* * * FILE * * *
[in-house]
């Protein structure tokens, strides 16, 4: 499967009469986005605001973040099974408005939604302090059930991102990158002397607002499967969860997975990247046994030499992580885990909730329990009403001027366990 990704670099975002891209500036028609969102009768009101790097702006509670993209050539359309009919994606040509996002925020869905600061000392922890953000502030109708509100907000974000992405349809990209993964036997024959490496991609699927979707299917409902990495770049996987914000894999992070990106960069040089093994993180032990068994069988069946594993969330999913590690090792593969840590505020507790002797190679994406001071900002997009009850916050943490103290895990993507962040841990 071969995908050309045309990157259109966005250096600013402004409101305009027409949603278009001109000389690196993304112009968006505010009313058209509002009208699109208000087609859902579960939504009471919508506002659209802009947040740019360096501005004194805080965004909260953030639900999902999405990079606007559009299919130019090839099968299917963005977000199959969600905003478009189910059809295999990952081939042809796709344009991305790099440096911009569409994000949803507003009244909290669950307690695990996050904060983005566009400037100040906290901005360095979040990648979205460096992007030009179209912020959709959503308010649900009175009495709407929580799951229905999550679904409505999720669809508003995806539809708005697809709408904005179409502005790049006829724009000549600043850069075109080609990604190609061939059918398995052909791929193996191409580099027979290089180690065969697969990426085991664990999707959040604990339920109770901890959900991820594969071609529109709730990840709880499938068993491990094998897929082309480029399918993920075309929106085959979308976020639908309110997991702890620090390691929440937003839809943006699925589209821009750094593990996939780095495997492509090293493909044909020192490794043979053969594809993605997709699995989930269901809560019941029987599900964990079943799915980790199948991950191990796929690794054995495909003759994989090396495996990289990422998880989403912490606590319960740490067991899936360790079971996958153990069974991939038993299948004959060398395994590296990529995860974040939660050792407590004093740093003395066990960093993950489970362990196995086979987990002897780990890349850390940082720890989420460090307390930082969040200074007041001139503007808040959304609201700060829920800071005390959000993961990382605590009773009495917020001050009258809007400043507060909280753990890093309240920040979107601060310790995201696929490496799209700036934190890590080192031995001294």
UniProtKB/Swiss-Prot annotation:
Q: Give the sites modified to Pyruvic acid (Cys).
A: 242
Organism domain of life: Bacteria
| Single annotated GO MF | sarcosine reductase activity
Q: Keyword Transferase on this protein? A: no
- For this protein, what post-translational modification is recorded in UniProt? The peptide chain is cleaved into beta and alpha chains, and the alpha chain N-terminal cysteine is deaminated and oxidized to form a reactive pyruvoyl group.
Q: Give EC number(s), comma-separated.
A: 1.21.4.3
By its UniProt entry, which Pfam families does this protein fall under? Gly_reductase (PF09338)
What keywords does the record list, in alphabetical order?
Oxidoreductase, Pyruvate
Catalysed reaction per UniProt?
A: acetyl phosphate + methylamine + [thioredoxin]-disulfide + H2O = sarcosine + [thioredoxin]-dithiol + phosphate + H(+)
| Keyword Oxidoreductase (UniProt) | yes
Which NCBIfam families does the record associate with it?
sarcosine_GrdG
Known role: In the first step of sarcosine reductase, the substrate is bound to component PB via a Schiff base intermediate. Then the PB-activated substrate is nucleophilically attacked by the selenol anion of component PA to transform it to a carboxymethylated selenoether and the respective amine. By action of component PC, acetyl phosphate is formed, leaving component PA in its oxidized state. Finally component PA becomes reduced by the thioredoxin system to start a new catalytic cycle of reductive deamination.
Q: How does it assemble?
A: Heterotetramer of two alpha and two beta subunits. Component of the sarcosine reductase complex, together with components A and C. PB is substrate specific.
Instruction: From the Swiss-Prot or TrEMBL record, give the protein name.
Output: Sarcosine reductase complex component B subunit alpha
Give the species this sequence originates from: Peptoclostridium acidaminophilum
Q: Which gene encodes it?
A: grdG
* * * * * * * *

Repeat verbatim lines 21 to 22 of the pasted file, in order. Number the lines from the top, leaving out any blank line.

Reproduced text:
Q: How does it assemble?
A: Heterotetramer of two alpha and two beta subunits. Component of the sarcosine reductase complex, together with components A and C. PB is substrate specific.